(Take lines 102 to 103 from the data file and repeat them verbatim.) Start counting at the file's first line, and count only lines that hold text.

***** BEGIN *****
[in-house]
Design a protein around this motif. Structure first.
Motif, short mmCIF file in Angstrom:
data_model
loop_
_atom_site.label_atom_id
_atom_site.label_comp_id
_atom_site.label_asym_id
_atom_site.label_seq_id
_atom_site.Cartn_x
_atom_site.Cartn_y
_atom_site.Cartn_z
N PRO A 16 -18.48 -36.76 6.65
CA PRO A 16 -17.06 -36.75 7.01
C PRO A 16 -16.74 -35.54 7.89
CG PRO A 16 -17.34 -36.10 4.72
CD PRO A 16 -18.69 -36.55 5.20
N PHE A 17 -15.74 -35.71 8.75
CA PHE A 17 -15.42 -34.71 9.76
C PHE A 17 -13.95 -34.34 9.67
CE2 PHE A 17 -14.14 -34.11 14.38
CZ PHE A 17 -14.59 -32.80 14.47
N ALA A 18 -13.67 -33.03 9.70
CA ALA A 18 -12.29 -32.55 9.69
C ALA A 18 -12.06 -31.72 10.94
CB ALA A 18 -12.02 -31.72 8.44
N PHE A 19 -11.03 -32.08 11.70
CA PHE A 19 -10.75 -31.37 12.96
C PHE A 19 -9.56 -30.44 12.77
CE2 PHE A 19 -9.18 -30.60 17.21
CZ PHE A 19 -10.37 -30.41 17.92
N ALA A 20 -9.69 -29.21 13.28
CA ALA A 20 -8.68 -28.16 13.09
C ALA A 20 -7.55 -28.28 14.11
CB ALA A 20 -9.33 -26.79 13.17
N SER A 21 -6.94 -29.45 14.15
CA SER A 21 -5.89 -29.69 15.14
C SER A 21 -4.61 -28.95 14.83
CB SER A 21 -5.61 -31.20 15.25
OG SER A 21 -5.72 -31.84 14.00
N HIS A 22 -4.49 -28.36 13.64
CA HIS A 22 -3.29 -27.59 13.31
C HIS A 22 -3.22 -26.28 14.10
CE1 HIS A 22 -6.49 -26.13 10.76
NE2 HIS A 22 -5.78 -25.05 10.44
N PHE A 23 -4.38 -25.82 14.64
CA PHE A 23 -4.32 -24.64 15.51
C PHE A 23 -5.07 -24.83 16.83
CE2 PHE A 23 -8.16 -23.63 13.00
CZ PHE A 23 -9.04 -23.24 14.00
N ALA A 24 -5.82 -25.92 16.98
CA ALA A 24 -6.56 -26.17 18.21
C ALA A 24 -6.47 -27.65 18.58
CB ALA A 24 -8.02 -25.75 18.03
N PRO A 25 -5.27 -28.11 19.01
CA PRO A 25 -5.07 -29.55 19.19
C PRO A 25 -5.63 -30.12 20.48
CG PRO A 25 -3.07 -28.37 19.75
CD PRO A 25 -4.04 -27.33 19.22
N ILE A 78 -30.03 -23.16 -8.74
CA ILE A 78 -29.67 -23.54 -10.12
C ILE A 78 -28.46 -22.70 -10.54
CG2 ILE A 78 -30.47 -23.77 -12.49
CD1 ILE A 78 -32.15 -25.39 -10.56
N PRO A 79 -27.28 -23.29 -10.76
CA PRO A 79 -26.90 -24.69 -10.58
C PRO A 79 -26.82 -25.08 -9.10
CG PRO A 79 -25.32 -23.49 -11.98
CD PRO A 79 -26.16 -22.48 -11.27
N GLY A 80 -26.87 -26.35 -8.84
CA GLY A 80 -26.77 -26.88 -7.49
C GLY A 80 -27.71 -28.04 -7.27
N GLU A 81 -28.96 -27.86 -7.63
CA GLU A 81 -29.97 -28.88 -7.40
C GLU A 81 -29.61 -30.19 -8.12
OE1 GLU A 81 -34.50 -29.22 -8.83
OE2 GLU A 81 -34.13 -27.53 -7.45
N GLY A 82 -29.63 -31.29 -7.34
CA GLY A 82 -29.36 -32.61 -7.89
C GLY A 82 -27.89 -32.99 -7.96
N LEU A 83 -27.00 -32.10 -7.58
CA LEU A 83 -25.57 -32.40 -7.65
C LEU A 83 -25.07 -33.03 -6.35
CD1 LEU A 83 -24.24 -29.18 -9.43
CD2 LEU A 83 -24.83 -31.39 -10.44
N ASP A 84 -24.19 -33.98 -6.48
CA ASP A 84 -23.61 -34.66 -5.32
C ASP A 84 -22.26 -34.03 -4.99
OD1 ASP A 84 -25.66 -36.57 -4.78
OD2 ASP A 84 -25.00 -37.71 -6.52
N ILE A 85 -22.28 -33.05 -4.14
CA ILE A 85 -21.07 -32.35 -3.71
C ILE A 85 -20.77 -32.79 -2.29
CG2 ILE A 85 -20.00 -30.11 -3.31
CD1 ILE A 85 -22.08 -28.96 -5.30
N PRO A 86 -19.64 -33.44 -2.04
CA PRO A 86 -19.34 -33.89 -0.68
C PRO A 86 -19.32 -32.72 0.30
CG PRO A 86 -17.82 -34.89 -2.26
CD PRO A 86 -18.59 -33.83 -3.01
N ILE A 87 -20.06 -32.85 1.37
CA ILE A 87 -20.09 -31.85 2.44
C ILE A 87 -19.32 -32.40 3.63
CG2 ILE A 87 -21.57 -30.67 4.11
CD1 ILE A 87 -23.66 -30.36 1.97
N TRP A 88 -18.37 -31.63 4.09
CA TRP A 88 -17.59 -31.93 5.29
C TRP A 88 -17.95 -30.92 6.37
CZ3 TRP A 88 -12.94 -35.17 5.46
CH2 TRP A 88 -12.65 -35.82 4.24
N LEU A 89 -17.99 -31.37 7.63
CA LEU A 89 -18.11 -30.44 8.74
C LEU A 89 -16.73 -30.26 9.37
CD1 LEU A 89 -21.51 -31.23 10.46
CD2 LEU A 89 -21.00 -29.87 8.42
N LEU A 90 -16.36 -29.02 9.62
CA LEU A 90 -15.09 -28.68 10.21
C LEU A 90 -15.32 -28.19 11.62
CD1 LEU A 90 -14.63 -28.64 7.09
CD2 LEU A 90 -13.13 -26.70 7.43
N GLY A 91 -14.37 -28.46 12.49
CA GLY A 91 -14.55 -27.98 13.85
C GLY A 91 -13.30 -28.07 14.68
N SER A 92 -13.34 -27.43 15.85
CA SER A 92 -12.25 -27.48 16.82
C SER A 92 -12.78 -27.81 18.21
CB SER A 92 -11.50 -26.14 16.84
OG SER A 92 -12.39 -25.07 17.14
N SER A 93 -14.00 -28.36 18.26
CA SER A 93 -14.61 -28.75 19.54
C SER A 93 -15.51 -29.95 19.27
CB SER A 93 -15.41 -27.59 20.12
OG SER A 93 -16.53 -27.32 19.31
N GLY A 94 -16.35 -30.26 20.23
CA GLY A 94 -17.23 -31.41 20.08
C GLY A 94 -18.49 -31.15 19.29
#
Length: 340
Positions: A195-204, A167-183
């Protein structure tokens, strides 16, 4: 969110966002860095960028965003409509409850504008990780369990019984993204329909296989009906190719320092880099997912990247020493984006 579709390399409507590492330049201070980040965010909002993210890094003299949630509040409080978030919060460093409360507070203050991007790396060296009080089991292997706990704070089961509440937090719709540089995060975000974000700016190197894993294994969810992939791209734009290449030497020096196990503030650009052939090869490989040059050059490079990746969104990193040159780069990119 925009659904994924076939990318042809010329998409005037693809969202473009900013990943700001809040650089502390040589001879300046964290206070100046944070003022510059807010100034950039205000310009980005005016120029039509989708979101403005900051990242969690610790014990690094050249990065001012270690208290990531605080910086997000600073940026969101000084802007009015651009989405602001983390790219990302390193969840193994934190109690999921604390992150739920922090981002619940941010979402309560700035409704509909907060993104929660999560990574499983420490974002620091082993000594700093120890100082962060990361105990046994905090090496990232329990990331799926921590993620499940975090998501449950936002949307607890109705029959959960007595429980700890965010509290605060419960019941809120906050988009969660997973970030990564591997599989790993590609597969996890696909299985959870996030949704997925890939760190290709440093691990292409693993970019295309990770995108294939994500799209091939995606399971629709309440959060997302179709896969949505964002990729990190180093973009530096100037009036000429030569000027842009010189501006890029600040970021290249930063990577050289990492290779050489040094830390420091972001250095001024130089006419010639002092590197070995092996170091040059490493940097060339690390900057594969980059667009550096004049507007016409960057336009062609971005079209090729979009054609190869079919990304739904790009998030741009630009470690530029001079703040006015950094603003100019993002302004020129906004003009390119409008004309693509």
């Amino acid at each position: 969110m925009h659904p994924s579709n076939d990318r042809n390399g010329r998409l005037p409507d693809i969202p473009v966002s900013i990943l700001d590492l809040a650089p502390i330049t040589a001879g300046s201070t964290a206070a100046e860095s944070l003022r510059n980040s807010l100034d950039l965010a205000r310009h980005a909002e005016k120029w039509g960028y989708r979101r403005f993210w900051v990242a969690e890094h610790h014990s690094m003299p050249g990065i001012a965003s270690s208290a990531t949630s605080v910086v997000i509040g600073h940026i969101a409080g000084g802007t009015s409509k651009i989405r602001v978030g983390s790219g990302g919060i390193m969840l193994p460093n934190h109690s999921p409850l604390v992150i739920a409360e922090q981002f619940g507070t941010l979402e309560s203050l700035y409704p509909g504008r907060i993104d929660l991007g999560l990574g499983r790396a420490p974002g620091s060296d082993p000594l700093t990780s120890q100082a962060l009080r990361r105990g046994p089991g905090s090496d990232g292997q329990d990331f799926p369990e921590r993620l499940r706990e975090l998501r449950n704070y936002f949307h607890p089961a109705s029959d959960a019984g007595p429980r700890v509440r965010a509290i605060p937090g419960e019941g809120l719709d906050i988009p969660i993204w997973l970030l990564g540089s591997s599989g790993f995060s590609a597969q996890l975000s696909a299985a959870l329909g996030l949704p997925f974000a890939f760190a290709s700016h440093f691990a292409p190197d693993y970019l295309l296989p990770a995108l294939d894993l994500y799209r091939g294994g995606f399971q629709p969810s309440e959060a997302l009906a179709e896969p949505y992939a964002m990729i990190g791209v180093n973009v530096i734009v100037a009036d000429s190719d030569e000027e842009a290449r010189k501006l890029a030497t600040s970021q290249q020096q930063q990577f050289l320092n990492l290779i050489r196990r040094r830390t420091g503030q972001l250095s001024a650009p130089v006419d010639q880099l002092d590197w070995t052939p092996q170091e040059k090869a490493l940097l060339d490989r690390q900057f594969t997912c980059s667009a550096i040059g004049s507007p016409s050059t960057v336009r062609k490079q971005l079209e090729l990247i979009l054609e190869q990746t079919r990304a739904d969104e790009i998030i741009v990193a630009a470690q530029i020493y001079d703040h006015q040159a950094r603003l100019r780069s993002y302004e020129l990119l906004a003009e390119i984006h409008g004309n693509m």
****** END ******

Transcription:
CA ILE A 87 -20.09 -31.85 2.44
C ILE A 87 -19.32 -32.40 3.63